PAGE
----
Maybe You Don’t Have To Work Harder Right Now
You might not have to do things differently for things to change.
Maybe someone needs to hear this today.
The other day I was talking to a friend of mine who is the parent to two young girls. They’re two and a quarter, and brand-new; she’s got a 5 month old at home. Fresh new babies! Demanding attention! Always!
Her spouse is the majority income creator and has been pulled heavily into his job right now, and doesn’t have a ton of flexibility. She was on maternity leave when this started, so her freelance clients are on pause, or slowly coming back online. Now they don’t have a nanny and she’s doing full-time child care coverage while also still with a tiny baby at home.
We talked about her dreams—of working, of writing, of freelance projects, of side projects—and she was honest: she’s completely exhausted.
“Every time I start to add a work task to my plate, I end up completely exhausted and angry at all the parenting work I have to do,” she said. “But when work’s not on the table, I actually don’t hate parenting as much. If all I had to do was parent, it would be hard, but I’m not sure I’d be so angry about all of it.”
“If all I had to do was parent, it would be hard, but I’m not sure I’d be so angry about all of it.”
We talked about how much of her life is so temporary right now. What came up for me was this: she doesn’t have to work harder or make anything happen for things to change.
“For you,” I said, “Your life will change over the next 12 months, somewhat dramatically. Your little one will sleep through the night. You yourself will get more sleep. She will drain less and less milk (and energy) from you as she gets older. Your older one will turn three, and begin to have more autonomy. They might even begin to play together at two and four.”
“The important thing, the thing I want you to hear, is that you don’t have to DO ANYTHING but let time pass.”
Pushing harder and doing more might not change anything faster.
For many of you, there isn’t anything we can control, push, or organize to change the world around us. It’s maddening, but it also has an upside: we can release the pent-up energy of wanting things to change and trust that things will change, eventually, at some point.
Sometimes, releasing the pressure of having to do something can release us to find tiny moments of joy—or at least contentment—inside of the space we’re in.
I know this isn’t true for everyone, and I know that this might be maddening to hear for people across different situations.
But if you’re pregnant right now, or you’re with a tiny baby at home, and you’re panicked about the long term, I hope this message gives you a tiny note of peace. You don’t have to push harder or do more. One day, your house might be clean again. One day, you might wear pants again. One day, you will work again.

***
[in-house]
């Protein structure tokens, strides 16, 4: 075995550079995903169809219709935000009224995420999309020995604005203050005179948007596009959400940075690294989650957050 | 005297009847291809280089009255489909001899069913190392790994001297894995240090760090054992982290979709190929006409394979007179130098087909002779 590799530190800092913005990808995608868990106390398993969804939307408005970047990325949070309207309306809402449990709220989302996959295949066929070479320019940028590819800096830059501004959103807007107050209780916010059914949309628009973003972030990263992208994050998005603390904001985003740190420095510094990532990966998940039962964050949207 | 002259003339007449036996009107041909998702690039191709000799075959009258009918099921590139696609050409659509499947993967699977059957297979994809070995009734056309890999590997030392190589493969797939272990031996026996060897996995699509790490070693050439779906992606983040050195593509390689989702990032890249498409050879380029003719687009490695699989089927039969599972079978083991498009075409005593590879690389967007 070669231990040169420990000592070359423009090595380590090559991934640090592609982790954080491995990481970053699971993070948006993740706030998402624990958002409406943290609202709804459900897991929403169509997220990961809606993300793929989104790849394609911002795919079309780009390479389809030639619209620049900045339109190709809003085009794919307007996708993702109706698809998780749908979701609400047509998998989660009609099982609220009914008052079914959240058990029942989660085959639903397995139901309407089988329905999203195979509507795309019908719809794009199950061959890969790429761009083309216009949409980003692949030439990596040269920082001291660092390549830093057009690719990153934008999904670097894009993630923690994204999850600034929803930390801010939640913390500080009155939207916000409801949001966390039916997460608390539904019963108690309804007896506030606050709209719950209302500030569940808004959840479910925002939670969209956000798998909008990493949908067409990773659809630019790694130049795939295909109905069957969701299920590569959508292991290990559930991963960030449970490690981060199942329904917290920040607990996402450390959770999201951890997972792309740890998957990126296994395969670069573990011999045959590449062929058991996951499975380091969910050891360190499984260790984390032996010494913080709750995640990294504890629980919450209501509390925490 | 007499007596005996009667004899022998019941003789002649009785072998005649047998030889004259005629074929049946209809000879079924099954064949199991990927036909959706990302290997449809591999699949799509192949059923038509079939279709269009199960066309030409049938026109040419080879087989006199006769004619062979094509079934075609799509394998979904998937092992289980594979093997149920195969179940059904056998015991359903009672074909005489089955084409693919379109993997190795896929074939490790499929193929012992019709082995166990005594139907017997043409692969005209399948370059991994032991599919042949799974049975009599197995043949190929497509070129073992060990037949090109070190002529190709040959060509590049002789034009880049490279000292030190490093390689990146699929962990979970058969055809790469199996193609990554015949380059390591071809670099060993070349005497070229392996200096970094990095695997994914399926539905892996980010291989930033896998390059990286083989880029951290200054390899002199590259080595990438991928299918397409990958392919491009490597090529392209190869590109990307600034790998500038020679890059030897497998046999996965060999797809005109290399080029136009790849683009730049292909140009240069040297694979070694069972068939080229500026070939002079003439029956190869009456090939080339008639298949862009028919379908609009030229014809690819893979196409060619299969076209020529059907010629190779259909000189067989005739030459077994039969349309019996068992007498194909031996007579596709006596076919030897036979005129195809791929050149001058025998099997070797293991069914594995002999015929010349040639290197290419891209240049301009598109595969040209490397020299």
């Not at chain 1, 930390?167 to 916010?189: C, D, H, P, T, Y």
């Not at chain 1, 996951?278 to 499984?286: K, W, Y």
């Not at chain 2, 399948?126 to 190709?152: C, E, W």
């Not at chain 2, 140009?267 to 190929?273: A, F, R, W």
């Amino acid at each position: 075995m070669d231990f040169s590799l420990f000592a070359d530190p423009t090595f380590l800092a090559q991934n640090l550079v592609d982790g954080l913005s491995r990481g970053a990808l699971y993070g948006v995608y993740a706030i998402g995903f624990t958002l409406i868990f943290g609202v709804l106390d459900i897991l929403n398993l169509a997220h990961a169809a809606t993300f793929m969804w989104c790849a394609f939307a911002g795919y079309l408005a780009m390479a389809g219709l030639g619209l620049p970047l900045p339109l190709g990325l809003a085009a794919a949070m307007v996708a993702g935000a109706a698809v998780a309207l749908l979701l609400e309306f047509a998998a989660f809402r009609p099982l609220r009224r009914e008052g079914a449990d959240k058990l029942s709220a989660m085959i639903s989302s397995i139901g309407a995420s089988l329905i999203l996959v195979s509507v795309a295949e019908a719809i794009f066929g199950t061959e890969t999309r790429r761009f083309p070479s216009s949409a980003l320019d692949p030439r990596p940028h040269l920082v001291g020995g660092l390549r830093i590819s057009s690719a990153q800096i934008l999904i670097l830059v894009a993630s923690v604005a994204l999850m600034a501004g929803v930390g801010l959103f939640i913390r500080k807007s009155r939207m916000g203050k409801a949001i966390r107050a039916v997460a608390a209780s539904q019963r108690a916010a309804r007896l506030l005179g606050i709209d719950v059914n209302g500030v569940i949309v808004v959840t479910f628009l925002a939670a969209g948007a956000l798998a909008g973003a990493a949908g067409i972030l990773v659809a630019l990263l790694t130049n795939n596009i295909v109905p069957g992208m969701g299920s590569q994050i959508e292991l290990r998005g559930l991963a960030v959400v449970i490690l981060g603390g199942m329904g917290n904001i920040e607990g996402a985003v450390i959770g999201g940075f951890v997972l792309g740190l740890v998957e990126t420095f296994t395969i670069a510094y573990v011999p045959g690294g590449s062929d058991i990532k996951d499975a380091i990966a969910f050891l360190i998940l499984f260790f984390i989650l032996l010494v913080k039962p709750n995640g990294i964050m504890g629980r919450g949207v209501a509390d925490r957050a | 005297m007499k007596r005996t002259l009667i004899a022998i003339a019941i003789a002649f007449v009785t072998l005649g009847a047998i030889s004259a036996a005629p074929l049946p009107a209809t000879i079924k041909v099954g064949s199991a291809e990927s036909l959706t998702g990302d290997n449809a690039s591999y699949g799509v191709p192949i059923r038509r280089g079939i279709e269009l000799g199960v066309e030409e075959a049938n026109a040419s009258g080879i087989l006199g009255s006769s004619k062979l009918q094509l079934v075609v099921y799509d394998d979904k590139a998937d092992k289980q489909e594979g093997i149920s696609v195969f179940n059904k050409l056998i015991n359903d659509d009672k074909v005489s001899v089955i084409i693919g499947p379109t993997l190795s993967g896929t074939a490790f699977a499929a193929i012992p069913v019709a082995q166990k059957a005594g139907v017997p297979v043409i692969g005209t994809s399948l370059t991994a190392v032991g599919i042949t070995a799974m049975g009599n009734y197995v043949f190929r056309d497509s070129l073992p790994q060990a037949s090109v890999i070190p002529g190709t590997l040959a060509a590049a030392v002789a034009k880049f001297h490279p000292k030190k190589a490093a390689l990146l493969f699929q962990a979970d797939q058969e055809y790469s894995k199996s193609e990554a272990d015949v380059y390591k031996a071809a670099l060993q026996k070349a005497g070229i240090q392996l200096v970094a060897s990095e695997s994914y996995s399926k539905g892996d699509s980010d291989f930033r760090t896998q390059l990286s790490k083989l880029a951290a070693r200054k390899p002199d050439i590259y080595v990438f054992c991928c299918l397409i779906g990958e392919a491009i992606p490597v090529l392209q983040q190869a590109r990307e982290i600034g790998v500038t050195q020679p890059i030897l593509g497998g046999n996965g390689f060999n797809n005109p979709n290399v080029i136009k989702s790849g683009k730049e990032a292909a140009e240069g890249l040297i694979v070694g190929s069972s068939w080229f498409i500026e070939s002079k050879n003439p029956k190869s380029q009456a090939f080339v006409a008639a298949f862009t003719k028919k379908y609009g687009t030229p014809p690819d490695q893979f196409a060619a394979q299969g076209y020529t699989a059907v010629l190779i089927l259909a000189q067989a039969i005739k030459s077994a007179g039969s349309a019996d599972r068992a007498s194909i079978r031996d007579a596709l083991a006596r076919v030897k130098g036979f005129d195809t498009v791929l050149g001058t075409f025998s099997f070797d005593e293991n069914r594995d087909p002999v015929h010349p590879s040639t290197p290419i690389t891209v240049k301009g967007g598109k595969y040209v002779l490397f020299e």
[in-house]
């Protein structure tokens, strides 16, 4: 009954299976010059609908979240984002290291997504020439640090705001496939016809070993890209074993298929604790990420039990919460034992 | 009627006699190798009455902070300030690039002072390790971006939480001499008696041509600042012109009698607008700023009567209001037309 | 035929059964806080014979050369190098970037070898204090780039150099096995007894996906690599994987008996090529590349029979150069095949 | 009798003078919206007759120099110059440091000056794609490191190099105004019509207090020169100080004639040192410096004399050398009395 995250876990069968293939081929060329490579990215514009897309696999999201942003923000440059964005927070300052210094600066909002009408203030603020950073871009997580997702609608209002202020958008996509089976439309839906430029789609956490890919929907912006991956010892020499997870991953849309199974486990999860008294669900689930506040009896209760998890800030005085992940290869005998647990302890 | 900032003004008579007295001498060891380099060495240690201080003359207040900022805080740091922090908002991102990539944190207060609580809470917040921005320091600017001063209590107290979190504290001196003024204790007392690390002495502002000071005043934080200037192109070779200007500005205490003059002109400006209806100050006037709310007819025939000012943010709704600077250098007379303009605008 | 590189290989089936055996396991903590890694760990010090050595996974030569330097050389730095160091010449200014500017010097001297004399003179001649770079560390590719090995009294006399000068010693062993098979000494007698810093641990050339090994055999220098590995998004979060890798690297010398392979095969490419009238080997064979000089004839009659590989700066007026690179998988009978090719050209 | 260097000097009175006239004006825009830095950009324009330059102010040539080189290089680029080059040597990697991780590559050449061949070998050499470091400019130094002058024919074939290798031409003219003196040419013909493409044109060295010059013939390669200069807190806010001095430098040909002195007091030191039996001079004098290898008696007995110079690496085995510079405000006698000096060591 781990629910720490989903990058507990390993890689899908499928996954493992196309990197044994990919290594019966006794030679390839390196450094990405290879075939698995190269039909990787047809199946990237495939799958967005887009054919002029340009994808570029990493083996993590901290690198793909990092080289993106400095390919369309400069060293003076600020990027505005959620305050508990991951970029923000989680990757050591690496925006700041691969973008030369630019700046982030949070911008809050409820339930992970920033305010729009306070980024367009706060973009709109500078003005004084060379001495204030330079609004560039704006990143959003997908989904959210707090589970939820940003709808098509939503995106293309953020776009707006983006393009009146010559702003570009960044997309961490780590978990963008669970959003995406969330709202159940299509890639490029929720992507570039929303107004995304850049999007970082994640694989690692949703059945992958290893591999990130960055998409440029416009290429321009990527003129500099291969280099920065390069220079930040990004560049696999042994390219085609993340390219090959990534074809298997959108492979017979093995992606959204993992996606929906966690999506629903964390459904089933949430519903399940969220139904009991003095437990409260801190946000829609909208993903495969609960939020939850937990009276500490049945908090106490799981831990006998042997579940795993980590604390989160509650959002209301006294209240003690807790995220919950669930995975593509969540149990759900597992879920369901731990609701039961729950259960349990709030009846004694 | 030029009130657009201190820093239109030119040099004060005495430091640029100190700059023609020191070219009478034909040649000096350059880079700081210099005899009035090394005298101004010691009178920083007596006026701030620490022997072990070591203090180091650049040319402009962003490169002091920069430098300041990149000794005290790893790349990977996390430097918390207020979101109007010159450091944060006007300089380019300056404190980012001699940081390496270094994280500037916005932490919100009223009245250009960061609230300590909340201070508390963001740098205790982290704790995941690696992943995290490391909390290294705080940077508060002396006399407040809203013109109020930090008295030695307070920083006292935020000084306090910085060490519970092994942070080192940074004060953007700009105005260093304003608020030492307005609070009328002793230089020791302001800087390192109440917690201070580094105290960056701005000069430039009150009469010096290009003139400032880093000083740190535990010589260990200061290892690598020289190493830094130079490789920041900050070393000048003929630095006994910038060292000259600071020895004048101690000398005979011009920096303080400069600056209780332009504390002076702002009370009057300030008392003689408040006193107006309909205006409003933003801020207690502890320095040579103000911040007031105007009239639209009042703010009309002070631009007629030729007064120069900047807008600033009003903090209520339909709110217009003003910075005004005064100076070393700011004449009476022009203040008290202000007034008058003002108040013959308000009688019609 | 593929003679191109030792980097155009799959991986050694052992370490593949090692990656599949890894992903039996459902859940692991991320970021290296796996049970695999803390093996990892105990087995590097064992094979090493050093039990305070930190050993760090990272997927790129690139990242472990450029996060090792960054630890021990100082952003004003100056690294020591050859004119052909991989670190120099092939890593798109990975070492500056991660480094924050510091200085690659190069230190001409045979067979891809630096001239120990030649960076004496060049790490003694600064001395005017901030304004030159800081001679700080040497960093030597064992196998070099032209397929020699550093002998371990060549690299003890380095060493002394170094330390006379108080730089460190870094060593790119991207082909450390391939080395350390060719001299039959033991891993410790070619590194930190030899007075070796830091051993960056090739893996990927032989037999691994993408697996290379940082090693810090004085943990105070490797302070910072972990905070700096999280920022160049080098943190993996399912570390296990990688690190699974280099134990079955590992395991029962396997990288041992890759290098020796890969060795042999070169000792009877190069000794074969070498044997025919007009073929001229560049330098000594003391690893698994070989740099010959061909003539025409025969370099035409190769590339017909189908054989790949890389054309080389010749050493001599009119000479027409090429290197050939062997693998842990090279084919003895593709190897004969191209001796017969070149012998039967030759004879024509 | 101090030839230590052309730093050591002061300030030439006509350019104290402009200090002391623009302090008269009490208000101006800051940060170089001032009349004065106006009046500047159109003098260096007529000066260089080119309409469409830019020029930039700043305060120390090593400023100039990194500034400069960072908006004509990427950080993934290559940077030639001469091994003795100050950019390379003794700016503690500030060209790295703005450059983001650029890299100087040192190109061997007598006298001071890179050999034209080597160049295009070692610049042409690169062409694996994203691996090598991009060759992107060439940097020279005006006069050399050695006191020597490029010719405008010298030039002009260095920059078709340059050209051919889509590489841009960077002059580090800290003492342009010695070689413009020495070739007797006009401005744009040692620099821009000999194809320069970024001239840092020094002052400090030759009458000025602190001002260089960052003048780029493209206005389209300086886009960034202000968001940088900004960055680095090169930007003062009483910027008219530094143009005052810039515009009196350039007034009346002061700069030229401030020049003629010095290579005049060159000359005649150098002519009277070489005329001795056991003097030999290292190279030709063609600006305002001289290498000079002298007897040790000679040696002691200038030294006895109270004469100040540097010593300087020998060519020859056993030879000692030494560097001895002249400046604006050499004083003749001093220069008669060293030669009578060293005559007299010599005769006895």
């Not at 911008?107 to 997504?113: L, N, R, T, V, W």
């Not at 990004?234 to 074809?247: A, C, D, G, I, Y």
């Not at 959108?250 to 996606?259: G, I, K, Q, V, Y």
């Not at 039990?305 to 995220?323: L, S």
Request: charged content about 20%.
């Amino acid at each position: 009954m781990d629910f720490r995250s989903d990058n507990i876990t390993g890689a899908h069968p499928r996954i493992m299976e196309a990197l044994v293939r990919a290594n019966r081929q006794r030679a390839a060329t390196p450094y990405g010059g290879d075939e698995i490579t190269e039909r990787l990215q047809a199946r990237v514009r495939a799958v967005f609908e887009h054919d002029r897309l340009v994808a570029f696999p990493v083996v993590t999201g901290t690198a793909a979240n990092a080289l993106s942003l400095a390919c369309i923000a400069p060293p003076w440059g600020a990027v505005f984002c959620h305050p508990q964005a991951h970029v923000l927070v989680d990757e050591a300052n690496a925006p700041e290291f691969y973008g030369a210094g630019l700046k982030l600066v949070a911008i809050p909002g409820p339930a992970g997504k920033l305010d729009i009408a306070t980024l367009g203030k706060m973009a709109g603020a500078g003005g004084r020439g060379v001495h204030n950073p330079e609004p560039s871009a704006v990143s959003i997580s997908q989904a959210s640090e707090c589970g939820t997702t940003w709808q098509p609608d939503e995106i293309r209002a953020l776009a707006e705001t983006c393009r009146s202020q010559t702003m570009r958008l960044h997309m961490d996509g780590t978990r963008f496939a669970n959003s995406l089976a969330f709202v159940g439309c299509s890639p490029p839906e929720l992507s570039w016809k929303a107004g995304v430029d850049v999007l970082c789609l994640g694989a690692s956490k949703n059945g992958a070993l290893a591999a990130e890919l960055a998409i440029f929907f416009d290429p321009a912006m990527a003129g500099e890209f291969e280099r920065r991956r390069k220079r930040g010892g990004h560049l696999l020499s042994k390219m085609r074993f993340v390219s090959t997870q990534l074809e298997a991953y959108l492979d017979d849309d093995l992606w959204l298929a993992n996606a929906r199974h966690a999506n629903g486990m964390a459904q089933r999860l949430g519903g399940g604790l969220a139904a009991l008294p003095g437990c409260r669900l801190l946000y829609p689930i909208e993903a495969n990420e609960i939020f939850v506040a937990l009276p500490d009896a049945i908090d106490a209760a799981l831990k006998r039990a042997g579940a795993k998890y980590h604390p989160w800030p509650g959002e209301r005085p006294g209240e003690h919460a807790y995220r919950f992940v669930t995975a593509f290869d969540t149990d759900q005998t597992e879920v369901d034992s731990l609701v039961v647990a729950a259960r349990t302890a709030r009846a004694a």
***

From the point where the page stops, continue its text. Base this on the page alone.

But right now? Maybe, just maybe, you don’t have to do as much as you think you should.
YOU MIGHT ALSO ENJOY
I’ve given my three year old my laptop to reply to your incoming emails right now. My one-year old might also be chiming in. I’m having a hard time keeping them away from the keyboard. Don’t worry, I’ve invented a magical device that can also translate their thoughts and actions into words. As of Sunday, they are now responsible for my inbox. You can consider them my new personal assistant.
My friend has an almost-two-year old and she asked me “So when do I need to think about potty training?” Yeah, as though you needed anything else to consider in the pandemic. Well, I took a few minutes to brain dump everything I remembered about potty training in a quick dash Voxer message to her, all while doing dishes and cleaning up the boys’ room in our house. We both thought that these might be useful memos for you, especially if you happen to be in a similar situation. Consider this an unofficial, scrappy overview of Potty Training that will help you do a good enough job … for now.
Making sense of days that make no sense requires new patterns, habits, and routines. For me, trying to muddle through the cacophony of work and children and non-stop days at home is very, very challenging to my brain. So, to help, I’ve been building small rituals into the day to start to cue myself that yes, work is happening now, and yes, it’s a new day.
Sarah K Peck
Founder, Startup Pregnant
Sarah Peck is a writer, startup advisor, and yoga teacher based in New York City. She’s the founder and executive director of Startup Pregnant, a media company documenting the stories of women’s leadership across work and family. She hosts the weekly Startup Pregnant Podcast and Let's Talk, her second podcast. Previously, she worked at Y Combinator backed One Month, Inc, a company that teaches people to code in 30 days, and before that she was a writing and communications consultant.
She’s a 20-time All-American swimmer who successfully swam the Escape from Alcatraz nine separate times, once wearing only a swim cap and goggles to raise $33k for charity: water. She’s written for more than 75 different web publications and and has delivered speeches and workshops at Penn, UVA, Berkeley, Harvard, Craft & Commerce, WDS, and more.